Instead, we often tell our story to ourselves about all the ways we fall short. We’re so used to that old story telling us the ways we don’t measure up, but we’ve forgotten that God tells us we don’t need to measure up. That in Him, we have everything. That in us, God’s story can be found. And that’s why you need to hear words of honour from the men in your life. Because those words of honour are directed at God. They are praise to Him for what He is doing in and through you. Let’s look for God’s story—not just in scripture but in us, in our lives right now, this minute. I’m going to show you how you can begin to see yourself in a new way. The way God sees you: As part of His story, and that part is good. I’m going to lead you to, personally and individually, the markers in your life, put there by God, that are telling God’s story in your life right now. Today. This morning. Sounds like a magic trick, doesn’t it? Pull a rabbit from a hat! It’s not a trick. It’s four simple questions. Simple, but not easy. I’m not promising you easy. To change your perspective, to change your mind about something takes effort. You will have to try, put forth the effort.
The questions are designed to help you see yourself in a new paradigm, a new angle. I’m not going to ask you to dig around in your past, or put your problems under a microscope. I’m not going to ask you to come up with better ways to fix what’s broken in your life or how to become better at the things you’re not good at.
Instead, just like the way we turned Proverbs 31 around, I’m going to help you discover what you’re good at—not what you think you should be good at—the things you love, that bring you joy, and I’m going to help you see these things for what they are: God’s story speaking in your life.
Let’s start doing that now. Here’s the first question: What inspires me? (Maybe it’s a person, an idea, a goal, a book, a song, a poem, a place. Things that lift your spirits, give you wings, or fill you with hope, spurs you to action). Think about the last time you felt inspired. Daydream about it. What was it that pinged your spirit to life? What was it that made you sit up and say, “Yes!” That thing that came into your life from the outside but made you feel instantly connected—as if it had come from inside of you? That light bulb moment. Take some time with your answer. Really root around in that memory. Explore it. Take your time. Write it down somewhere in some fashion.
Second question: What do you love to do? These are things you look forward to doing. When you get to do them, time passes quickly and you feel “absorbed” in what you’re doing. (These things often take the form of “hobbies”, or “down-time activities”, pure pleasure times. Remember; don’t overlook anything, even if it doesn’t seem like an “important” activity.) For example, I love to daydream and pretend. Seriously. I love it. I asked a friend this question once and she immediately answered, “Crocheting!” Don’t censor yourself. Write what’s in your heart. Remember: There are no wrong answers!
What talents do you have? Talents are often disguised as “things that are easy for me”. For example, some people can read three or four books in one week. You may think, “That’s not a talent! That’s just reading”. But it actually is a talent. The strengths involved in being an avid reader could be: creativity, critical thinking, love of learning, curiosity about the world, or imagination (to name a few). What are you good at? (Things you’re good at are often things you overlook because they’re effortless for you. You can just “do them”. For example, I’m good at remembering lots of little details about people I meet. I can run into someone years later and remember many details about our encounter years before. I don’t have to try, it just happens.) I now understand that the reason I can do this is because of how God has made me: I think in story. And my connection to people’s story is intense and automatic. Knowing this has helped me understand myself and let go of things I’m not good at.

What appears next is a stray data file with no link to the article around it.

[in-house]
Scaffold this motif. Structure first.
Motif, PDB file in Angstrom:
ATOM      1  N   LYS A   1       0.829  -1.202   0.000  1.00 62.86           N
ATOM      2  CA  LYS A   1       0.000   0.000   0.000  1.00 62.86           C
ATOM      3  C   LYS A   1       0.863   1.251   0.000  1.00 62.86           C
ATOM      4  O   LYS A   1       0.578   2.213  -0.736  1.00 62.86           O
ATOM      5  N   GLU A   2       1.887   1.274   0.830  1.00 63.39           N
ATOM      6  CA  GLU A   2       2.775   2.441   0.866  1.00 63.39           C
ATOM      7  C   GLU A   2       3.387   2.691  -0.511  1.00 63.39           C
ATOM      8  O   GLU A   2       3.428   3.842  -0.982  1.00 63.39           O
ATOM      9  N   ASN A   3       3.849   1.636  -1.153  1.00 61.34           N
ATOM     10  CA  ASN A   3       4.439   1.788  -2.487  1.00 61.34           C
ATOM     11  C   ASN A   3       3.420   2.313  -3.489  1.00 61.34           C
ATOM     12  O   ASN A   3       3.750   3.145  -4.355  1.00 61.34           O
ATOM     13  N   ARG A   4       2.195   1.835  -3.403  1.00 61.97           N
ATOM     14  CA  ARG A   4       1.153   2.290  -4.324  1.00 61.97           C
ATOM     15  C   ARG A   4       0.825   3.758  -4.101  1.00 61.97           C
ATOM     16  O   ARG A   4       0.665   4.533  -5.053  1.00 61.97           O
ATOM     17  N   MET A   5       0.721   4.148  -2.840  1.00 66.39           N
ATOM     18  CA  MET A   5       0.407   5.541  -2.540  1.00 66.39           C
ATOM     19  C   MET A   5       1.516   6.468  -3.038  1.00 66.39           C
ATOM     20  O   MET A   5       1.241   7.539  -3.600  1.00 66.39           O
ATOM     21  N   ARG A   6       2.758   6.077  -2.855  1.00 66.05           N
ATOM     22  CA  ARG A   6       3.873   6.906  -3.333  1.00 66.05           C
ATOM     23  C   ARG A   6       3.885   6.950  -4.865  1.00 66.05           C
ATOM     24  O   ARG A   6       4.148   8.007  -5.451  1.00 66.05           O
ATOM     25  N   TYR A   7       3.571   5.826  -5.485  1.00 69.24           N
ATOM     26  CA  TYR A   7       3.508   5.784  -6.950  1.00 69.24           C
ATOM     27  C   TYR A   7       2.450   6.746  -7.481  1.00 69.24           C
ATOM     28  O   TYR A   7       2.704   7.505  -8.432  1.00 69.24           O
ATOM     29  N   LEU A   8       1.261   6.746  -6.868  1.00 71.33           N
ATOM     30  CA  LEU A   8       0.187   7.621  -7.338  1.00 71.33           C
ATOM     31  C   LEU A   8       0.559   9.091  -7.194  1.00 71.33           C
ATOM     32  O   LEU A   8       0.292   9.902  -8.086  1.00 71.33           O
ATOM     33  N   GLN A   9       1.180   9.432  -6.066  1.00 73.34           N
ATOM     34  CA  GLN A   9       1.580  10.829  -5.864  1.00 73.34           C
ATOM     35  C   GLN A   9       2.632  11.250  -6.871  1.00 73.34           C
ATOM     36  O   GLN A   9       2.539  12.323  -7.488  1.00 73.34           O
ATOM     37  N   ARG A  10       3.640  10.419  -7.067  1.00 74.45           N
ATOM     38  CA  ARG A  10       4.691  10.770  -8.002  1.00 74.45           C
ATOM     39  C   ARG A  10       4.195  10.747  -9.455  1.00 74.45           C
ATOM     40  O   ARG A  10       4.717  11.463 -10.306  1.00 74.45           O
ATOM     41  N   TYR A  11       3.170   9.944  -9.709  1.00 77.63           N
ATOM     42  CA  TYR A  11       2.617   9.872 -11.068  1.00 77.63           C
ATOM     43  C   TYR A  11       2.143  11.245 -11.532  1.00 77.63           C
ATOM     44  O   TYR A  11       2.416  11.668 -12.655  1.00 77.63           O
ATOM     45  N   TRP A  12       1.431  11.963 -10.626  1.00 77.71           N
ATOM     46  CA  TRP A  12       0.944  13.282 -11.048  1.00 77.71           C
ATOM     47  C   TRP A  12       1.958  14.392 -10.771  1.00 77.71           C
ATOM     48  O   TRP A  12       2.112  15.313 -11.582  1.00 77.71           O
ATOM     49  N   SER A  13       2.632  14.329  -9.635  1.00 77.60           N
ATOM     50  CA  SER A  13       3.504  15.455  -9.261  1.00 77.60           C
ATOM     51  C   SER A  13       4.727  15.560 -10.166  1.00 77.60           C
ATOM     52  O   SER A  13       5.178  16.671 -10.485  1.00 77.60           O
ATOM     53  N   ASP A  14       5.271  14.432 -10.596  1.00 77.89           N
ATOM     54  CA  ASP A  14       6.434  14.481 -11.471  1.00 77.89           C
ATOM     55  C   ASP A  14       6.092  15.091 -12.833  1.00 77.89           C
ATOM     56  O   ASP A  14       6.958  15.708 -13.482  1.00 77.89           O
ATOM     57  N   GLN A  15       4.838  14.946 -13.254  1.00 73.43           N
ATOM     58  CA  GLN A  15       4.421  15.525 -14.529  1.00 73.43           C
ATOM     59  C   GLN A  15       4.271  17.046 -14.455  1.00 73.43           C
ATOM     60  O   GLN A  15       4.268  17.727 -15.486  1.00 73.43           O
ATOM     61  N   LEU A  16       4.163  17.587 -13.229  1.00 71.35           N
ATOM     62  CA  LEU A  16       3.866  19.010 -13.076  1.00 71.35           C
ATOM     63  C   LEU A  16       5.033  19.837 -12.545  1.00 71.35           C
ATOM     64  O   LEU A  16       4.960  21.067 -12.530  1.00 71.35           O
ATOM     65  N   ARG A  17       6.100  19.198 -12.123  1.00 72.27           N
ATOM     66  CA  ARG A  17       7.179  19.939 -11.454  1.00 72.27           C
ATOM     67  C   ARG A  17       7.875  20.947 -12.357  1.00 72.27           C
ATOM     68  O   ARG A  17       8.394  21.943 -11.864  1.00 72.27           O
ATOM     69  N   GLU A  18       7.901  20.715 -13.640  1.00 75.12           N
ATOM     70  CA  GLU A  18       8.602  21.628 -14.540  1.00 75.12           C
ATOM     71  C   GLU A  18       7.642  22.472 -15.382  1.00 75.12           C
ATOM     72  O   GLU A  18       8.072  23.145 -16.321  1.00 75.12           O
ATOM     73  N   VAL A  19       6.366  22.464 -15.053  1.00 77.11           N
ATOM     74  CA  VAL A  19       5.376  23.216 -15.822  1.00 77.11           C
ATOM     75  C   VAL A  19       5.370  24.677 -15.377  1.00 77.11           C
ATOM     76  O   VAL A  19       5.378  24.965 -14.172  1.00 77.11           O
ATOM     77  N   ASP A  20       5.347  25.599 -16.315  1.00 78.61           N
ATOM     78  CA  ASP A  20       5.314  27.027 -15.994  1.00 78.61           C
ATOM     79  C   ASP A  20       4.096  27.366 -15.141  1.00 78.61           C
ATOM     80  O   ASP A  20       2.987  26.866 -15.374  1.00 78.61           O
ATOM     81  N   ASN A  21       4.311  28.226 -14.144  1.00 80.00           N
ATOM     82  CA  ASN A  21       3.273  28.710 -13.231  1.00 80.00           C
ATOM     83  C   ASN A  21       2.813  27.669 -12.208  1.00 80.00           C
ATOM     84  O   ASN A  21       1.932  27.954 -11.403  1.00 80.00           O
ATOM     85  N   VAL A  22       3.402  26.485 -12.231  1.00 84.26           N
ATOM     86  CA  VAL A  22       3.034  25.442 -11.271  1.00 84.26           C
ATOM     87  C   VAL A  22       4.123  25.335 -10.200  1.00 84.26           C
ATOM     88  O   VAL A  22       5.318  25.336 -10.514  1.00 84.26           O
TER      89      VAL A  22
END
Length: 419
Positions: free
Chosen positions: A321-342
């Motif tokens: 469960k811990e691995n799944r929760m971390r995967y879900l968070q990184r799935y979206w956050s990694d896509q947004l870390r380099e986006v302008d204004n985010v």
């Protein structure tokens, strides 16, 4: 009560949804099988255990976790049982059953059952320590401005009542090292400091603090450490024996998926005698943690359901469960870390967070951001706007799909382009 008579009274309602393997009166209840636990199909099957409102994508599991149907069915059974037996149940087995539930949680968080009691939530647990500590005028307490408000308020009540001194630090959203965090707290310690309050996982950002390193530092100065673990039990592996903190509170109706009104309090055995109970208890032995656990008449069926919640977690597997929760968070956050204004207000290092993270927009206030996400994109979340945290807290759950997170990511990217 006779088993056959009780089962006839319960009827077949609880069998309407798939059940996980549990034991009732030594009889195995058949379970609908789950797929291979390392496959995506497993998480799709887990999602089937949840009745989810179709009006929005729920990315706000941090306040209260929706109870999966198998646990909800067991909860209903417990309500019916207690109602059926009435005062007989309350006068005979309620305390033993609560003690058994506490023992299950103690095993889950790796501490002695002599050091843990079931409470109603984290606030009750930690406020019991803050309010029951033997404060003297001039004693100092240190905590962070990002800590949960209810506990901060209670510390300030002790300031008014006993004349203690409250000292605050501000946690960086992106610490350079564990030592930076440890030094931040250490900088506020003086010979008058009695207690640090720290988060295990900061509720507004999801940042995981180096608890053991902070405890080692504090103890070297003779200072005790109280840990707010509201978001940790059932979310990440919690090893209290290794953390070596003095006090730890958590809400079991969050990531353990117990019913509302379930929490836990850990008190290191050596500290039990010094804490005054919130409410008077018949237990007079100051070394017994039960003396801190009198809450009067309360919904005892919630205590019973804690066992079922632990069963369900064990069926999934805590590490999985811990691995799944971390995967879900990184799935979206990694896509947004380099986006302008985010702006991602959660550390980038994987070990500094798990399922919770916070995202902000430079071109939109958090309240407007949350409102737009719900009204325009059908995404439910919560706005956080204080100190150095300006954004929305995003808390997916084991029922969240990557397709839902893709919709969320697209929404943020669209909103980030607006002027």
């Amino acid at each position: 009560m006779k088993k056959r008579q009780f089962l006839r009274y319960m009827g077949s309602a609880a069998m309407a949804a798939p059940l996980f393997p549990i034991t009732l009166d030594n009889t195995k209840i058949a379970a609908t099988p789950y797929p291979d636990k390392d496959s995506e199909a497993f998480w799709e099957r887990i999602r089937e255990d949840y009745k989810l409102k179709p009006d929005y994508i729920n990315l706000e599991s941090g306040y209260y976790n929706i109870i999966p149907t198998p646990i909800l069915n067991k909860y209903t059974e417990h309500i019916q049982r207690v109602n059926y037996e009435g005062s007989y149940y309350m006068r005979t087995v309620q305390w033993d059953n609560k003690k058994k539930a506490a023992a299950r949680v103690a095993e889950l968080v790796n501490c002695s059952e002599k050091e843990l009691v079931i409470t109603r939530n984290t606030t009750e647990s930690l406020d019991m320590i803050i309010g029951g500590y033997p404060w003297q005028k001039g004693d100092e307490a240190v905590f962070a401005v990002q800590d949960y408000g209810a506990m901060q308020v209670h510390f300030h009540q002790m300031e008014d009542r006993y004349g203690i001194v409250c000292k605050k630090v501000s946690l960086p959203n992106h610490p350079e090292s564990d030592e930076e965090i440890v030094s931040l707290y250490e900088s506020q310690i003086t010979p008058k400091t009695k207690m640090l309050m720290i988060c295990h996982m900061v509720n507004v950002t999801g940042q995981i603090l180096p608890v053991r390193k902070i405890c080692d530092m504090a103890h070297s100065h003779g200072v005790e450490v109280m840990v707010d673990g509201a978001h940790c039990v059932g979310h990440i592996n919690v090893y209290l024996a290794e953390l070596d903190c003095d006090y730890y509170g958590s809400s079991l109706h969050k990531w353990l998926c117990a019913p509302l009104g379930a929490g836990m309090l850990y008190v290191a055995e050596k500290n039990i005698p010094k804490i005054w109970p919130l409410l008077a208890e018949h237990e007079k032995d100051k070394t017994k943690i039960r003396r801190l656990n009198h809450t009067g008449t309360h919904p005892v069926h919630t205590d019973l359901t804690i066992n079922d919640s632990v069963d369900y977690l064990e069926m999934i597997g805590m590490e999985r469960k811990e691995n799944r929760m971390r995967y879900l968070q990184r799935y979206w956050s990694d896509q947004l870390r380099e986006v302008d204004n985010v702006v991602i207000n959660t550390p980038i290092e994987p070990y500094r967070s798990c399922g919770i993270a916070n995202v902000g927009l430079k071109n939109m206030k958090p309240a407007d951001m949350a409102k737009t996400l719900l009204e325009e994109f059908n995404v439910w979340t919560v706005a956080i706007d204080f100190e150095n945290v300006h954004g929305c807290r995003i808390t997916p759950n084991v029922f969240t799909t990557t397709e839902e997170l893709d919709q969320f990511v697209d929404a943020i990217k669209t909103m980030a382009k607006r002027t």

What sorts of things do other people tell you you’re good at? Do you have a friend who is always telling you how much she likes your clothes? Do you often hear from people that you have great taste in music? Has someone mentioned that you take very good care of a pet? Do you get comments about how well you decorate your house? Do your friends and family turn to you with questions about math? Do people seek your advice about certain things? Do you often hear people tell you how friendly you are? (Even criticisms can be comments about your strengths. I can talk a lot, this often isn’t a problem, but for some people, they find me too talkative, especially in a group setting. But it’s a strength of mine, tied to my storytelling and creative abilities. It may rub some folks the wrong way, but it’s still a strength). These are times when people are commenting on your strengths. Think about comments from those around you regarding your strengths. Also, if you’re comfortable doing so, you could ask a few family members, your spouse, or trusted friends what they think some of your strengths are.
These four questions aren’t the total picture of God’s story at work in your life. They are a gateway. A beginning point that invites us deeper into God’s story, the story of His activity in the world today in you, through you.
Proverbs 31 is God’s story. God’s invitation to come close and look at His handiwork, His provision, His blessing and how all of that is packaged together inside of each one of us.
Someone in this room rubs you the wrong way, God says, “Come close. I have good things to show you about that person.”
You’re falling short? God’s invitation is to crack open the goodness He has put in you, to really examine the joy He has set in place inside of you.
I invite you to take these four questions home with you and spend some time with them. Daydream about them, take them apart and fit them back together again. Pray them. Write your answers down somewhere. They are simple questions whose answers will change the way we think. That will bring into focus God’s story in our lives.
The Bible is God’s story. Proverbs 31 is God’s story. You are God’s story.